The Elkdale Country Club is a living catch-22; it deserves a wider reputation than it has, yet it might suffer for it.  A tremendous course on Route 353 in Salamanca, less than twenty minutes from Ellicottville, Elkdale is a public club with the fastest, most difficult greens in western New York. We have played East Aurora, we have played Niagara Falls, and we have played Byrncliff.  Only the putting surfaces at Cherry Hill are a match for Elkdale, and for an entirely different (grain) reason.  Elkdale has the unique characteristic of being a mountain course in a foothill setting.   Elkdale does not brag of the enormous tee boxes of a Glen Oak-style course; in fact, it is necessary to invent a “Tips” teeing area, as only a white and red set of tees are marked.  From the back, 10 of 12 par four holes measure fewer than 400 yards, and three of four par three holes can be paced in fewer than 170 steps.  Only the back-to-back fifteenth and sixteenth holes (555 and 220) can be described as back-breaking.  Elkdale’s sense of the Tips, therefore, is not measured by an odometer.  It is the constant vertical ebb and flow of the fairways, and the intellectual demand it places on club selection, that translates Elkdale’s Tips experience into comprehensible terms.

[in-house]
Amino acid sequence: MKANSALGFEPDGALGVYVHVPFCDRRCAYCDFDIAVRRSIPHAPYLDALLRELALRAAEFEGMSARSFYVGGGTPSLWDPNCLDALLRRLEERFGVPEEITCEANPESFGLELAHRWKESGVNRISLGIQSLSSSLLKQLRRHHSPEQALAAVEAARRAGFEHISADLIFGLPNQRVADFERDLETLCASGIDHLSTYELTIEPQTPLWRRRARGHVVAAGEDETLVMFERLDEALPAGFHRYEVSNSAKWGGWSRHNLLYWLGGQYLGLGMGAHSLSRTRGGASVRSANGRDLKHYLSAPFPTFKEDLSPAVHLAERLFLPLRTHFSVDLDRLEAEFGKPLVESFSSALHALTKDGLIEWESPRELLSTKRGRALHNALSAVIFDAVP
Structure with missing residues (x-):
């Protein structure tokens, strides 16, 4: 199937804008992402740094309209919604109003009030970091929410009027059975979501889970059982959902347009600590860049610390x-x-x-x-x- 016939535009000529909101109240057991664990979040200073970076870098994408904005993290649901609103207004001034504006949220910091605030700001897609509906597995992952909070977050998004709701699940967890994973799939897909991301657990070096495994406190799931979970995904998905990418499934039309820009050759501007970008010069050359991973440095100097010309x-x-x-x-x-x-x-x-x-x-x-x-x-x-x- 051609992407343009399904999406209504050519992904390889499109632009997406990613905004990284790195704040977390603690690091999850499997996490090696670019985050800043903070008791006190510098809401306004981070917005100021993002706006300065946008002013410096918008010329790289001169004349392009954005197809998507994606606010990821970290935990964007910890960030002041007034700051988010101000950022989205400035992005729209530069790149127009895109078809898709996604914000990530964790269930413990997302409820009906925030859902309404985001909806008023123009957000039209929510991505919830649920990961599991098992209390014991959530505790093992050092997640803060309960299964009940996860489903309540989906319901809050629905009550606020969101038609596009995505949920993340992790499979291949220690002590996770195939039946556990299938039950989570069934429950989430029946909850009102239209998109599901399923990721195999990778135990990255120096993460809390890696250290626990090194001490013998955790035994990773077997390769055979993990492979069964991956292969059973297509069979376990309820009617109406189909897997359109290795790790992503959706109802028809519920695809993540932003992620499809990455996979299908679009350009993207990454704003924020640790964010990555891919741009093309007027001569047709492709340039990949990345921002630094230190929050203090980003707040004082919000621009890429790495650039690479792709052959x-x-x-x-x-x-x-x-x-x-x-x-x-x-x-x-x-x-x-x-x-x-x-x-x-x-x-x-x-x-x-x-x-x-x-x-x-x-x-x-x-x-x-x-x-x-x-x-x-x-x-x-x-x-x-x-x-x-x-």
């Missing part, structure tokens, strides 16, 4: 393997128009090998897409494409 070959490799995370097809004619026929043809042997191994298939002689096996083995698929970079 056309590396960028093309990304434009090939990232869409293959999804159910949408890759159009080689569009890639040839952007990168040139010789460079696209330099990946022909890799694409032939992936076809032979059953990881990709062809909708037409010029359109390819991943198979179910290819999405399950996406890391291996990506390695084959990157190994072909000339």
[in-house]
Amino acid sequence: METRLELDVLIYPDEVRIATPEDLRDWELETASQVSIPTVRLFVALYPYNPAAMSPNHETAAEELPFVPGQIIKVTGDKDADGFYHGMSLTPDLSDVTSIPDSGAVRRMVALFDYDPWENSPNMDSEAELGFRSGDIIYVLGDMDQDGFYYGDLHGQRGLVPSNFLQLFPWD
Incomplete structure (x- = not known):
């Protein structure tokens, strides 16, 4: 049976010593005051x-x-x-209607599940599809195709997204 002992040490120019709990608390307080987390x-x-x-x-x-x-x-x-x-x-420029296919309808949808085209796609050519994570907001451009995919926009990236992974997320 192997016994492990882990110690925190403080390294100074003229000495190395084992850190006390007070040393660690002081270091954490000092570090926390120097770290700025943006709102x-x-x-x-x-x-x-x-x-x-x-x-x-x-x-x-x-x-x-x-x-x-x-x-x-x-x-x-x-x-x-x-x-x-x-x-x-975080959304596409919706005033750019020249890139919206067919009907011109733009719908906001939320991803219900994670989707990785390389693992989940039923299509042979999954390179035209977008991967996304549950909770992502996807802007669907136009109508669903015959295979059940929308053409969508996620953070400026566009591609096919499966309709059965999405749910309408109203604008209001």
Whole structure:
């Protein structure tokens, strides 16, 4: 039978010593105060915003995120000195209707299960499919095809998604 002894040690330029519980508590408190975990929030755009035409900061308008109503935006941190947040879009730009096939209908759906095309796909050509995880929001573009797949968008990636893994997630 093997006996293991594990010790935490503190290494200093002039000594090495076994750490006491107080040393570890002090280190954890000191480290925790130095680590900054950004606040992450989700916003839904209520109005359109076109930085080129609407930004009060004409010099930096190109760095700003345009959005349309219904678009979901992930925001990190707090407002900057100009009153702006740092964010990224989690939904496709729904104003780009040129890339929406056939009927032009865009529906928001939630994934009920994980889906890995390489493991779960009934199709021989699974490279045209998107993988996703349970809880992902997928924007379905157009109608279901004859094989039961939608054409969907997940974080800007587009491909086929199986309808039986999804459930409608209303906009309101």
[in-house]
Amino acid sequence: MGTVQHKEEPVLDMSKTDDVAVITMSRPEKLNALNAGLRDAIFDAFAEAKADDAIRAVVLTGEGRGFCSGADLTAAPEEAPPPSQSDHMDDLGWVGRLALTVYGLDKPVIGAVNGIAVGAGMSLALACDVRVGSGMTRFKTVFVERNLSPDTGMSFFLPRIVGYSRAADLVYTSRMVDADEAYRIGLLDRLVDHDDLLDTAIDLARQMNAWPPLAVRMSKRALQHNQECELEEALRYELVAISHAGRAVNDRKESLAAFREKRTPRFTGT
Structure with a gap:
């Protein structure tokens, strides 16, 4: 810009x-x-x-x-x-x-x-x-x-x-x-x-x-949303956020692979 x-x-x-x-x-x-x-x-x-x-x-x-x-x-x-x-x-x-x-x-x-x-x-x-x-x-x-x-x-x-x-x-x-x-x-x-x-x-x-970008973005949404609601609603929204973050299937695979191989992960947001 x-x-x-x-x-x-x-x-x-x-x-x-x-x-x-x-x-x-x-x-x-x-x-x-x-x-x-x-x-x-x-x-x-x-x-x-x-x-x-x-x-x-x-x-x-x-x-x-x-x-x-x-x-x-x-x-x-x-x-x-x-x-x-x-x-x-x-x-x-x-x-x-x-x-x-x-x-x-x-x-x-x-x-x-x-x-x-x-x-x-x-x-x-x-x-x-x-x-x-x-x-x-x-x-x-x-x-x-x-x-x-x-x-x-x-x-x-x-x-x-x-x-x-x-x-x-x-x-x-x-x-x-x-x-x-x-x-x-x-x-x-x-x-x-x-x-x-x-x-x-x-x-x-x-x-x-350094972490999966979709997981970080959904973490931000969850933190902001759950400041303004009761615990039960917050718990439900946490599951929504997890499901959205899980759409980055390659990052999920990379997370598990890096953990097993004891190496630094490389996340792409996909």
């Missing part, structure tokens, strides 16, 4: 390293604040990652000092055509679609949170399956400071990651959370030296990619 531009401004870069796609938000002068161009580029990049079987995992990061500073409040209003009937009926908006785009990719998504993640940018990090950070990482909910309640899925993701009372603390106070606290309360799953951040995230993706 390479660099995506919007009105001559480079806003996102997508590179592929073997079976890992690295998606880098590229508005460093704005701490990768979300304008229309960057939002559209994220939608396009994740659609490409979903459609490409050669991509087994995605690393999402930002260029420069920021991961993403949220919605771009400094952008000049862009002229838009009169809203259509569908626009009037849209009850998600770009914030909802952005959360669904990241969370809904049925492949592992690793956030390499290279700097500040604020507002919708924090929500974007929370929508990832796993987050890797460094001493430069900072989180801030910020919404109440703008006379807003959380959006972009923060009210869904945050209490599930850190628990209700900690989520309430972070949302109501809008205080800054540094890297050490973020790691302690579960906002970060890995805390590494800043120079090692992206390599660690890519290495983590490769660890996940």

The lesson begins on the very first hole, where an uphill approach calls for one to two more clubs than yardage figures suggest.  The lay of the green, too, is a harbinger of subsequent targets.  Laying flat to the golfer’s eye, there is no visual surface at which to aim, only the zenith of the flagstick.  Rarely does the golfer find himself shooting flatly at the target; in most cases, he is either far above or far below the mark.

The Elkdale experience is the antithesis of Glen Oak in two of three categories.  Moving backward, it is the greens that present the greatest challenge at this southern tier course.  Imagine the typical Glen Oak-style putting surface, then compress it 25 percent, so that its flat surfaces suddenly become humpy, curvy, and slopey.  Finally, just for kicks, stretch them out 5 percent, so that the apparent breaks are not so evident, to the point where they sometimes go down instead of up, left instead of right, out instead of in, driving the putter to the brink of madness.  Did I mention that they are quick?  How quick?  When we played in a rain on Masters Saturday, we consistently hit putts past the hole, even when we lagged them.  Imagine putting them on a hot summer’s day.

Elkdale would not be described as tree-lined, even though arboreal splendor is a characteristic of the course.  The rough is higher than that found at Glen Oak, so full recovery shots to the green must be played with greater strength in order to be successful.  The cant of the fairways, though, often spanks mis-hit shots into the nether regions of the course, lengthening and challenging the subsequent play.

Elkdale is an experience to be enjoyed in a series of courses.  Take the following plan:  get up early, drive to Ellicottville, eat breakfast in the diner on the corner (the only place in Ellicottville that I can afford!); continue on to the course, play eighteen holes; repair to the clubhouse (a cross between a hunting lodge and a fraternity house, where everybody knows your name or welcomes you as if they did) for a libation and a big bite to eat; consider moving to an area with less commotion.

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